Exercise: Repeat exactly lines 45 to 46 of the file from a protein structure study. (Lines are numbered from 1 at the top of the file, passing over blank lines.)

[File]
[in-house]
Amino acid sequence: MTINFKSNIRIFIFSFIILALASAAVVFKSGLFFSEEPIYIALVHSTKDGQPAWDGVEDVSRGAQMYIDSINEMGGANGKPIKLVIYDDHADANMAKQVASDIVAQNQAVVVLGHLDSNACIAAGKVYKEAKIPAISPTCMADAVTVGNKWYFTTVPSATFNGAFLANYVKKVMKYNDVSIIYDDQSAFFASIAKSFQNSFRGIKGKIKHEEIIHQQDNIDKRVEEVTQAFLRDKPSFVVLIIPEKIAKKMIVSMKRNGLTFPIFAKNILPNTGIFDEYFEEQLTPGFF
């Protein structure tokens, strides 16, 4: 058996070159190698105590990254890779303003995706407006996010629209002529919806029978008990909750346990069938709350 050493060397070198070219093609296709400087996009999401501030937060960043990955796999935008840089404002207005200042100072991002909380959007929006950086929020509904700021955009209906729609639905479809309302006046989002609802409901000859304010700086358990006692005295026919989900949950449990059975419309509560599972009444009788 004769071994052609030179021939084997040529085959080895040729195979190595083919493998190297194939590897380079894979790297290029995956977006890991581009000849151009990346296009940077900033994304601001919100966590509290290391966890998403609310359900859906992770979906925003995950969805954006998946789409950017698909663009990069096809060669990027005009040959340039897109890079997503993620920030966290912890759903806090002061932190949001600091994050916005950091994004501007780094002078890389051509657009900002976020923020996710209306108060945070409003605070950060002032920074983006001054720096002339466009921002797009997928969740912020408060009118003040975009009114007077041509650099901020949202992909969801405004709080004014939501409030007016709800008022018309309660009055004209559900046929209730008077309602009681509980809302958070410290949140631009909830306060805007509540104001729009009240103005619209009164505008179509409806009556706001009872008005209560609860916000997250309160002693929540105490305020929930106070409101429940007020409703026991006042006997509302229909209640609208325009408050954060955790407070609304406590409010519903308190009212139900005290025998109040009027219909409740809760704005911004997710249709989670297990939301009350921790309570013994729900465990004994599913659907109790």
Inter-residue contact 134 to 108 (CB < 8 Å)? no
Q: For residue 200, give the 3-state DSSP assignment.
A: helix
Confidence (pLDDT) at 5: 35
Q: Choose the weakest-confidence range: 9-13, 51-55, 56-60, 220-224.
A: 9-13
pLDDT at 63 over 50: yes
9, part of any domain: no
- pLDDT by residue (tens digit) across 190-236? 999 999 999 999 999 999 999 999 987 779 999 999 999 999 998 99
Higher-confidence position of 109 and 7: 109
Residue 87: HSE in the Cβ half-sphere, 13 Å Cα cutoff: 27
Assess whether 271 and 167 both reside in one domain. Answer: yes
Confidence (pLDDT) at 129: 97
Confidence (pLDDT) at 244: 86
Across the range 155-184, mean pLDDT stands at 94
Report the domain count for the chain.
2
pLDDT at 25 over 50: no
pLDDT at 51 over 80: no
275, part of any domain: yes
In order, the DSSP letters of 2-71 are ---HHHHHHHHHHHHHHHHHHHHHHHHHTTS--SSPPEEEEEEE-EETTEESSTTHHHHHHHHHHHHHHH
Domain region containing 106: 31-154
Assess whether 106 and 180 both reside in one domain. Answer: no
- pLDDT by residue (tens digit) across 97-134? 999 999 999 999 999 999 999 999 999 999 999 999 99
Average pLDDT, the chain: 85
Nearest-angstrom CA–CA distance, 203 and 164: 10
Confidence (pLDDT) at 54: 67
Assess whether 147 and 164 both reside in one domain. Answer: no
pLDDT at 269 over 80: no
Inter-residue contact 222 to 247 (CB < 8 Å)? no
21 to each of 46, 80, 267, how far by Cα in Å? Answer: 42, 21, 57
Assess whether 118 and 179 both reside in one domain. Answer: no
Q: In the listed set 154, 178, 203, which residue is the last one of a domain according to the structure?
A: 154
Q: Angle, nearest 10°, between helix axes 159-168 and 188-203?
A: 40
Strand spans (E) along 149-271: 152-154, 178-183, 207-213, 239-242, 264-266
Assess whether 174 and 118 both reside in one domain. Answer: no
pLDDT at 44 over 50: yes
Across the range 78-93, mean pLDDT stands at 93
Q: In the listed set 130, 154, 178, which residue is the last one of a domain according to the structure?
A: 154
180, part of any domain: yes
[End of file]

A: 154
180, part of any domain: yes